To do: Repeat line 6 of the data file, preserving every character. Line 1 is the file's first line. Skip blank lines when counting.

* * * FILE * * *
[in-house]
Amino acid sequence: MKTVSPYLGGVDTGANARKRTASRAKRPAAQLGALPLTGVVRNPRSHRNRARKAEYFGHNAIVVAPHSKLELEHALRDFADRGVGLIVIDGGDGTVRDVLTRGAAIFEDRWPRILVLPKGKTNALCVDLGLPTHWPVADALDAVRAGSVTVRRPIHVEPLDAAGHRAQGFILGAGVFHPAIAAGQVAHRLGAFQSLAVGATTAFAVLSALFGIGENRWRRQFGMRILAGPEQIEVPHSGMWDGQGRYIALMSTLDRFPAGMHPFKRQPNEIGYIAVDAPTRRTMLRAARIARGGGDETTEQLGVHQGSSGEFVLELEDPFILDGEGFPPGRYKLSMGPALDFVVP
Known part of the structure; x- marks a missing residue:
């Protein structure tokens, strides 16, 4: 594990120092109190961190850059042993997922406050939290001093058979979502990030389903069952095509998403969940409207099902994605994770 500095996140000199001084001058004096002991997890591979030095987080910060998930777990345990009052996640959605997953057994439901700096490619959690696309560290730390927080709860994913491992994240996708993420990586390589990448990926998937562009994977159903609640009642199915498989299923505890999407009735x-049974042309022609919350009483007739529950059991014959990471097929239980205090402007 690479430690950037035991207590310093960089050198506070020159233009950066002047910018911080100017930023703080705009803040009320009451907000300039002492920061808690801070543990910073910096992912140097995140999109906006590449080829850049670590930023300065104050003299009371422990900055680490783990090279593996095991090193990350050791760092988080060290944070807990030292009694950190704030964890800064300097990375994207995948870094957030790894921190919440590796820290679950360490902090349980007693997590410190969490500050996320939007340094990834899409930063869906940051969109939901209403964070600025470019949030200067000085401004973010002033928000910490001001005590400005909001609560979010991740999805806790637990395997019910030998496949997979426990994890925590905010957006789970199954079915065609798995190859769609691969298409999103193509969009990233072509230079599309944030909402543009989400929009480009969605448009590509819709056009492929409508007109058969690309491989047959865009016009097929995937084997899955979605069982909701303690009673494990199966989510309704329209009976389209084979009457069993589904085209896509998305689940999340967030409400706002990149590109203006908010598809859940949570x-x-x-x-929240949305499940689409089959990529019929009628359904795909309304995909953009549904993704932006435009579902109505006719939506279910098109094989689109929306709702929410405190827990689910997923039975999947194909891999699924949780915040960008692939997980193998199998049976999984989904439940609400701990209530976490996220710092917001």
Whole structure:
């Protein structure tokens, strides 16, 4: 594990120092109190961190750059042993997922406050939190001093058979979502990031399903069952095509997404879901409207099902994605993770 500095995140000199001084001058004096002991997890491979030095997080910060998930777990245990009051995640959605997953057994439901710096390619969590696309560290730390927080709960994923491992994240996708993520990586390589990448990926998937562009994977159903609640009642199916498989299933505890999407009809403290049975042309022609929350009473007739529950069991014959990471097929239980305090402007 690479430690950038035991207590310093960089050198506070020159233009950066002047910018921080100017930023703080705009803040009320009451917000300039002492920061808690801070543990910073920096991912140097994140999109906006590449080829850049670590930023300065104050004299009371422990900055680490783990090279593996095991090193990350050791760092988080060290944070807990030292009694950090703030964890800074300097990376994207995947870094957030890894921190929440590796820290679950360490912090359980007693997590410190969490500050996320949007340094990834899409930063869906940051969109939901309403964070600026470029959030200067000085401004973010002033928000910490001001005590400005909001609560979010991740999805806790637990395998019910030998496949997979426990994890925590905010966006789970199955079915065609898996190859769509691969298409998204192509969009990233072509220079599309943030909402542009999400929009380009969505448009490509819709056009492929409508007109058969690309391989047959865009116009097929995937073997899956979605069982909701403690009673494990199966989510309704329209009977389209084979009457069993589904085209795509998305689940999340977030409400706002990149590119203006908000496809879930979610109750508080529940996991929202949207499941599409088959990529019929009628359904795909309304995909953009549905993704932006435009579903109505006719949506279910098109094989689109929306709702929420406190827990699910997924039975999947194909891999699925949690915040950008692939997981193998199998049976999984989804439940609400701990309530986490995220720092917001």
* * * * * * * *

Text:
């Protein structure tokens, strides 16, 4: 594990120092109190961190750059042993997922406050939190001093058979979502990031399903069952095509997404879901409207099902994605993770 500095995140000199001084001058004096002991997890491979030095997080910060998930777990245990009051995640959605997953057994439901710096390619969590696309560290730390927080709960994923491992994240996708993520990586390589990448990926998937562009994977159903609640009642199916498989299933505890999407009809403290049975042309022609929350009473007739529950069991014959990471097929239980305090402007 690479430690950038035991207590310093960089050198506070020159233009950066002047910018921080100017930023703080705009803040009320009451917000300039002492920061808690801070543990910073920096991912140097994140999109906006590449080829850049670590930023300065104050004299009371422990900055680490783990090279593996095991090193990350050791760092988080060290944070807990030292009694950090703030964890800074300097990376994207995947870094957030890894921190929440590796820290679950360490912090359980007693997590410190969490500050996320949007340094990834899409930063869906940051969109939901309403964070600026470029959030200067000085401004973010002033928000910490001001005590400005909001609560979010991740999805806790637990395998019910030998496949997979426990994890925590905010966006789970199955079915065609898996190859769509691969298409998204192509969009990233072509220079599309943030909402542009999400929009380009969505448009490509819709056009492929409508007109058969690309391989047959865009116009097929995937073997899956979605069982909701403690009673494990199966989510309704329209009977389209084979009457069993589904085209795509998305689940999340977030409400706002990149590119203006908000496809879930979610109750508080529940996991929202949207499941599409088959990529019929009628359904795909309304995909953009549905993704932006435009579903109505006719949506279910098109094989689109929306709702929420406190827990699910997924039975999947194909891999699925949690915040950008692939997981193998199998049976999984989804439940609400701990309530986490995220720092917001």